[erlang-questions] Documentation -- what I ran into when I installed kerl

Thu Nov 22 15:10:31 CET 2018

On Wed, 21 Nov 2018 15:02:34 -0500 (EST)
lloyd@REDACTED wrote:

> And I would add, "and where a noobie can all too easily
> flounder around lost at sea."

The one big asset newbies bring is: they do not know what
is meant.

Those who know how it works often write for those who
already know anyway (and only need something to remind
them), but their asset is: they know how it works.

By the time people have kept track of enough of the things
they need to know to write their own, additional, "how to",
they have lost (too?) much of their original asset by
gaining some of the other.

Having been suggested to use git (pull requests) to
contribute to the Erlang documentation has made me
wonder what the best (or a good) way to combine these
two assets could be. Well, I wanted, or needed, or wanted to
because I needed to learn git anyway, but is that an
efficient way to rephrase some distractingly strange phrase
in the docs? or to correct some typo?

And I will not start to write up my own documentation on
mod_esi, httpd, inets, applications and application
controllers, mnesia, match specs, Emacs lisp, git, github,
JIRA Agile and all the other things I need to know (and
those I am too curious to skip - and that does not kill the
cat only ... ;-). That is too much work for a single person,
even more so as it is bound to be partially redundant, and:
were it not so inefficient, I would hang myself every time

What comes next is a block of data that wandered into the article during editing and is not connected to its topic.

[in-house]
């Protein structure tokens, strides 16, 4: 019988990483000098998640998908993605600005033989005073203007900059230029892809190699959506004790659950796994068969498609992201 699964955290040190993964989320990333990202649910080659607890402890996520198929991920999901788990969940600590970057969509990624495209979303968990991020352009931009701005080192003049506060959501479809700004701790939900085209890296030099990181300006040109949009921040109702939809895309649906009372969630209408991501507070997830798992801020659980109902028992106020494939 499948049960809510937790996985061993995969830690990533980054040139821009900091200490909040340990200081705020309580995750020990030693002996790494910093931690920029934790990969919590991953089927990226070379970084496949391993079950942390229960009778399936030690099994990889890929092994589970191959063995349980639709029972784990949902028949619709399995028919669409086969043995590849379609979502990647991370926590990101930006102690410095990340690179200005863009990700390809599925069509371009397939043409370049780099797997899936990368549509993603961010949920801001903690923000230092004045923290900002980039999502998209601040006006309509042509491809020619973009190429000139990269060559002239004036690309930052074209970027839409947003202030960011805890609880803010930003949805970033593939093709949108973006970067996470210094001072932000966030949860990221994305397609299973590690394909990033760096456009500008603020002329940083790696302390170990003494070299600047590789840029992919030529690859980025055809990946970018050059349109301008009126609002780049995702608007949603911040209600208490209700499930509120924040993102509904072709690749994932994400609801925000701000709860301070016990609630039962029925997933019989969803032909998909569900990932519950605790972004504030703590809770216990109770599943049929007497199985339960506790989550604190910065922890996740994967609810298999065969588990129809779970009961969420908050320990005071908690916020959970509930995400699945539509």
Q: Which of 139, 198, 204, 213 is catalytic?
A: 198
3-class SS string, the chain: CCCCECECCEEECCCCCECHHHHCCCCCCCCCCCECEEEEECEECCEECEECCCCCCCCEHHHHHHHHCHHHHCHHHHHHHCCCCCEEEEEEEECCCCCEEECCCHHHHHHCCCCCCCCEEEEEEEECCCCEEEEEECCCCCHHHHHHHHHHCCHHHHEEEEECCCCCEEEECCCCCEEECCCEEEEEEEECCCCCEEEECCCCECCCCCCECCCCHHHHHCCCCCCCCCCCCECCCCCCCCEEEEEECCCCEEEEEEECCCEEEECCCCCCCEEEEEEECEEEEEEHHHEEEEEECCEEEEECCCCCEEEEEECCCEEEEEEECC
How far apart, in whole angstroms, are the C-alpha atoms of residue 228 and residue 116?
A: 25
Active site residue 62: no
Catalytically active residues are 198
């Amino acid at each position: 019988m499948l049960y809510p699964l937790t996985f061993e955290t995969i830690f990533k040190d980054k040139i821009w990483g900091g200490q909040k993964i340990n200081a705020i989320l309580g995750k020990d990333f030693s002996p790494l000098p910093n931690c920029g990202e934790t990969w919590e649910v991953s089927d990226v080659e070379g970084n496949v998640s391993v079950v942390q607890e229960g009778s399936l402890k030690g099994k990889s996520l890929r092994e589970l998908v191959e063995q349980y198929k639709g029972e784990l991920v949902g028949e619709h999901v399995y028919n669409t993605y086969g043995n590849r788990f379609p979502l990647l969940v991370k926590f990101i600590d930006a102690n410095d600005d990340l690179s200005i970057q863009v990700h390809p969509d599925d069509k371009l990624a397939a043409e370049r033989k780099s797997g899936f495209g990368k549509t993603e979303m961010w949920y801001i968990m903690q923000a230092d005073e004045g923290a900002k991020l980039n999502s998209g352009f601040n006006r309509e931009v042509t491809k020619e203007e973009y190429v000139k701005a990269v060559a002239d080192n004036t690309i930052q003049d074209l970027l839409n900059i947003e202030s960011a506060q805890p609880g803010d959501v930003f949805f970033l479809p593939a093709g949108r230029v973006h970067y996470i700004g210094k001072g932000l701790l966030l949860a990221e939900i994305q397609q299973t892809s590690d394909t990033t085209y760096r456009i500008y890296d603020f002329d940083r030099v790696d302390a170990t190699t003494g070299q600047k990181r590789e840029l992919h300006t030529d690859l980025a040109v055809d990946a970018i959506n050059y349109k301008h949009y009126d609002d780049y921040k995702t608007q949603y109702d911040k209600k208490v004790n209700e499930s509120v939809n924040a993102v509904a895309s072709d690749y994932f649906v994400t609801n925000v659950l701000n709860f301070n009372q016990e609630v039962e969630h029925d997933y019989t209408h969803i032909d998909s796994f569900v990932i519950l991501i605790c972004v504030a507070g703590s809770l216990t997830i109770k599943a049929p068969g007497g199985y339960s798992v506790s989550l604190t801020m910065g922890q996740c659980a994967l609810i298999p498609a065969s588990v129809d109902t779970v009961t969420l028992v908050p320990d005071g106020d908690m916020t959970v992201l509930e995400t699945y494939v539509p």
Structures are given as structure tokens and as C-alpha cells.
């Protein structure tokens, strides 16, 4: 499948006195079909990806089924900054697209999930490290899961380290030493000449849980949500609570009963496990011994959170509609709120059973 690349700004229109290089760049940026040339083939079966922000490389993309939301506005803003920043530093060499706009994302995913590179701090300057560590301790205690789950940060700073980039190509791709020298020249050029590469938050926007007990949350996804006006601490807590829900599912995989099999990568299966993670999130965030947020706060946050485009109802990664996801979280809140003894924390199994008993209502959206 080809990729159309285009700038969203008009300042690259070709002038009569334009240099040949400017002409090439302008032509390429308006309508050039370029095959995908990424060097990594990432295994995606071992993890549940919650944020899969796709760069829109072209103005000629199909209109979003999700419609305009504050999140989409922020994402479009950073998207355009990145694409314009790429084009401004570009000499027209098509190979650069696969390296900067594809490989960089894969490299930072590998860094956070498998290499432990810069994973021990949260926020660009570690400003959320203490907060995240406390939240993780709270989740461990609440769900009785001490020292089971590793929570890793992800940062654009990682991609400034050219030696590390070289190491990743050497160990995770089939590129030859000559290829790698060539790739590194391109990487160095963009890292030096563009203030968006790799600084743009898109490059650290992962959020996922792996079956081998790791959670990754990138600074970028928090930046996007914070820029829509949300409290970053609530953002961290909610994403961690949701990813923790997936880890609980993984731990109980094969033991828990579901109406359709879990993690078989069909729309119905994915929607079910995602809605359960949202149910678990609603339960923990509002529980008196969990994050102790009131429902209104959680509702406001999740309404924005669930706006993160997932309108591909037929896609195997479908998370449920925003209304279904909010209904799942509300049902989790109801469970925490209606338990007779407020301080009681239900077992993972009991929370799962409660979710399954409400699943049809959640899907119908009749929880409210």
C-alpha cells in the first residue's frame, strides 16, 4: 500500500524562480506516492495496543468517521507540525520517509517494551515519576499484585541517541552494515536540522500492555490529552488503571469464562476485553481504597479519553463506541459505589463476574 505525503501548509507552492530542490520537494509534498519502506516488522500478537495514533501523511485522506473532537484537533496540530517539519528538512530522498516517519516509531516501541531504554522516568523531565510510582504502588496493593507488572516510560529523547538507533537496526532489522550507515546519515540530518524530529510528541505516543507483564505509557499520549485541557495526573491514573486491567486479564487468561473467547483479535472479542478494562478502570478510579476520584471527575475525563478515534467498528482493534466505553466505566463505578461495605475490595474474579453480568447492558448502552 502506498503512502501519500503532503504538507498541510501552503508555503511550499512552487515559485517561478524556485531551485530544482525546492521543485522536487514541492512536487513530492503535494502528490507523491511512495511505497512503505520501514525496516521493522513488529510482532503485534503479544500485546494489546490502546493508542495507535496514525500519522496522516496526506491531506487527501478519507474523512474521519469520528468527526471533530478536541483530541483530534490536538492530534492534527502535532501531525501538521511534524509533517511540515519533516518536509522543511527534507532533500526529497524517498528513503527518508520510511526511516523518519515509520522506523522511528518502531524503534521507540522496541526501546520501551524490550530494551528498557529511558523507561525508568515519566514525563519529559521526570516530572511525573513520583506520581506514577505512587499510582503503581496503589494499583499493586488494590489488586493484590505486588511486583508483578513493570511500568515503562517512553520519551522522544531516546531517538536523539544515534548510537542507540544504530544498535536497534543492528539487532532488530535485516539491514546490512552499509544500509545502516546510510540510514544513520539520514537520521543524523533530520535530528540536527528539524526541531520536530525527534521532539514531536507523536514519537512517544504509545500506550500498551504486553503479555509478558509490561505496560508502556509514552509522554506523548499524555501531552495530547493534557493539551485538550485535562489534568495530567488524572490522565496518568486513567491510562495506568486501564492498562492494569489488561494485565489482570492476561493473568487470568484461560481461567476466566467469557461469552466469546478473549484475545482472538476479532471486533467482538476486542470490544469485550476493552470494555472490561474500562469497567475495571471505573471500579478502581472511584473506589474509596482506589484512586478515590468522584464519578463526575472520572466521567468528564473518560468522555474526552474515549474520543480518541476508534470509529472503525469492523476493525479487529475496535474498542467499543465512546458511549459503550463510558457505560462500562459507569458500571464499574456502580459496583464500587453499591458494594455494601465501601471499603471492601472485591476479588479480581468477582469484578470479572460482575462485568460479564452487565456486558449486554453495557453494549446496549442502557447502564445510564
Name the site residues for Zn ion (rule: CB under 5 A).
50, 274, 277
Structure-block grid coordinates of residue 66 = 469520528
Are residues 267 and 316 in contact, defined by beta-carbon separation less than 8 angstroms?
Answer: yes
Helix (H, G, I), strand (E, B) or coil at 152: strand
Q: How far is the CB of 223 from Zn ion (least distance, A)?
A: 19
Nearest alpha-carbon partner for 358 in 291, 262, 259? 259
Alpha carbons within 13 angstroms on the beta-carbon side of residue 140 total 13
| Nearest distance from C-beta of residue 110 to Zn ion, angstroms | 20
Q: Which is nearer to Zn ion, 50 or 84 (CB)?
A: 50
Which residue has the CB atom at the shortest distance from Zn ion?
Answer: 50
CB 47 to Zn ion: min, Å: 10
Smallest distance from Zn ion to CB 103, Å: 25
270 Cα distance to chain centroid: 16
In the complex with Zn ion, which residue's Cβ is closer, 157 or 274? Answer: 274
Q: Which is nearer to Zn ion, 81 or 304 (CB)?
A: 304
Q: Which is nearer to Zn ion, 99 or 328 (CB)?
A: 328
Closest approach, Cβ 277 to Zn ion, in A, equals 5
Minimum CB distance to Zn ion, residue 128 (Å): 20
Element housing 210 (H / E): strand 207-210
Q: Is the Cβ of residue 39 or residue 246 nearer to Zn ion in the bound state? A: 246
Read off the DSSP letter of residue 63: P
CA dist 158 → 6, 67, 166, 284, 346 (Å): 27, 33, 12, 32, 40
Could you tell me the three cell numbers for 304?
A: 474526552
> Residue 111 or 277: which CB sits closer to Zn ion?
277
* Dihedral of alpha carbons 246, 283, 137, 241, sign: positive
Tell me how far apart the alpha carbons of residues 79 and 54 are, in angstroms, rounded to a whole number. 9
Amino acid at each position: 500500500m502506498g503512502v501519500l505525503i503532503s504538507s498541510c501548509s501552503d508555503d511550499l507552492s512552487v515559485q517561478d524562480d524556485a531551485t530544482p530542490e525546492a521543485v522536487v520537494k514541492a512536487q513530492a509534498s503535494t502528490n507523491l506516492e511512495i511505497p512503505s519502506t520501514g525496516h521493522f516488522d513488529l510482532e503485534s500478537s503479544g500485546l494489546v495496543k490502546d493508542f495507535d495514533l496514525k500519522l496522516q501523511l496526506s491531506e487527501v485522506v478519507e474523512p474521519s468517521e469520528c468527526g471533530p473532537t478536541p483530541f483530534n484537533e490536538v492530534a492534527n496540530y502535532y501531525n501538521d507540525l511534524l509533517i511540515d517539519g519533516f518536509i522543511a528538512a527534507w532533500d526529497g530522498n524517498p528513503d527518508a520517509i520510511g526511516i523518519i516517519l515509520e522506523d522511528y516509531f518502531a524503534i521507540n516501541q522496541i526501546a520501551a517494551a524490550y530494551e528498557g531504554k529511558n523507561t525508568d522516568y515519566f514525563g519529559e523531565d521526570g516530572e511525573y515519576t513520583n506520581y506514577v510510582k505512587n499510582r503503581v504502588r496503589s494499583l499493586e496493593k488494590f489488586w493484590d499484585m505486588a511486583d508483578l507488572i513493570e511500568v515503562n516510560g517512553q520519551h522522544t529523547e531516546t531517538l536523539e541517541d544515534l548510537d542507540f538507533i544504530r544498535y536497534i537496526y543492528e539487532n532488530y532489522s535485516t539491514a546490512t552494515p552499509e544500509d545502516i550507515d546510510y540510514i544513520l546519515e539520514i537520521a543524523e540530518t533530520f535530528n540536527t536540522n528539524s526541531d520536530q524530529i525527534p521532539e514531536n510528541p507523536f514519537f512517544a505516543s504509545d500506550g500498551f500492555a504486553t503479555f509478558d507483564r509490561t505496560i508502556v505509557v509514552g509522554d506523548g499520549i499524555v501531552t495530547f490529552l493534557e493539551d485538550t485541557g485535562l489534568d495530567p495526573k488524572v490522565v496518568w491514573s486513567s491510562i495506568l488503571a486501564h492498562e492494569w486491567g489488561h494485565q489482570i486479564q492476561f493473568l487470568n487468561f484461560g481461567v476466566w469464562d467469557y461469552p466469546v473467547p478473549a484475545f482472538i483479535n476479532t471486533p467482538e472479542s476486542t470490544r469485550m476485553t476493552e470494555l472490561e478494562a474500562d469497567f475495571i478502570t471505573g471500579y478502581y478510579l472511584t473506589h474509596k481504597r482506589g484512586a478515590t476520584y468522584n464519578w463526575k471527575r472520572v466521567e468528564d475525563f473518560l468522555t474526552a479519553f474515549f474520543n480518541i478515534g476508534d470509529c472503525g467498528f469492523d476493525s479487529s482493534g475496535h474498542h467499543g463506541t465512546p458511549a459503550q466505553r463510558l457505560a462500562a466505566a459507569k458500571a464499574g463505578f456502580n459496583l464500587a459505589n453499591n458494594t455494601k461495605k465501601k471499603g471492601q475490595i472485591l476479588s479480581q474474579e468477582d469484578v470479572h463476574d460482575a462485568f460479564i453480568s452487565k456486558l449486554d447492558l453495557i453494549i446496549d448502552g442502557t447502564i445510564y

I get confused by a piece of my own documentation ;-)

Might not be a silver bullet, but as documentation needs to
be quickly accessible (for the authors especially!) a wiki
might serve well. But it is not that simple and I intend to
start some separate thread about more efficient
contribution. Hope I keep that intention beyond getting
some practice with git, avoiding a github account and a
JIRA (or Agile?) account, but I am not yet sure that I know
what I am doing and I want to avoid bothering people on
this list too much.

But I might be already by straying too far from the
topic ...

Taking from the tone of some previous e-mails in this
thread it might not hurt to point out that criticism can be
a way of appreciating the loads of good and hard work that
went into Erlang, kerl, git, ..., and their documentation
too. Criticising can take a lot of time and who would want
to waste time on rubbish :-)

Intimidated by kerl's power I realised that I did not
really need to serve different versions of Erlang/OTP nor to
keep up to date (yet?) and was fine with something like
    $ sudo apt-get install erlang

I know kerl is there should I need it, and I hope it will
then be easy to contribute to its documentation :-)



“Even after a thousand explanations a fool is no wiser,
whereas someone intelligent requires only one fourth of

	– from the Mahābhārata (महाभारत)

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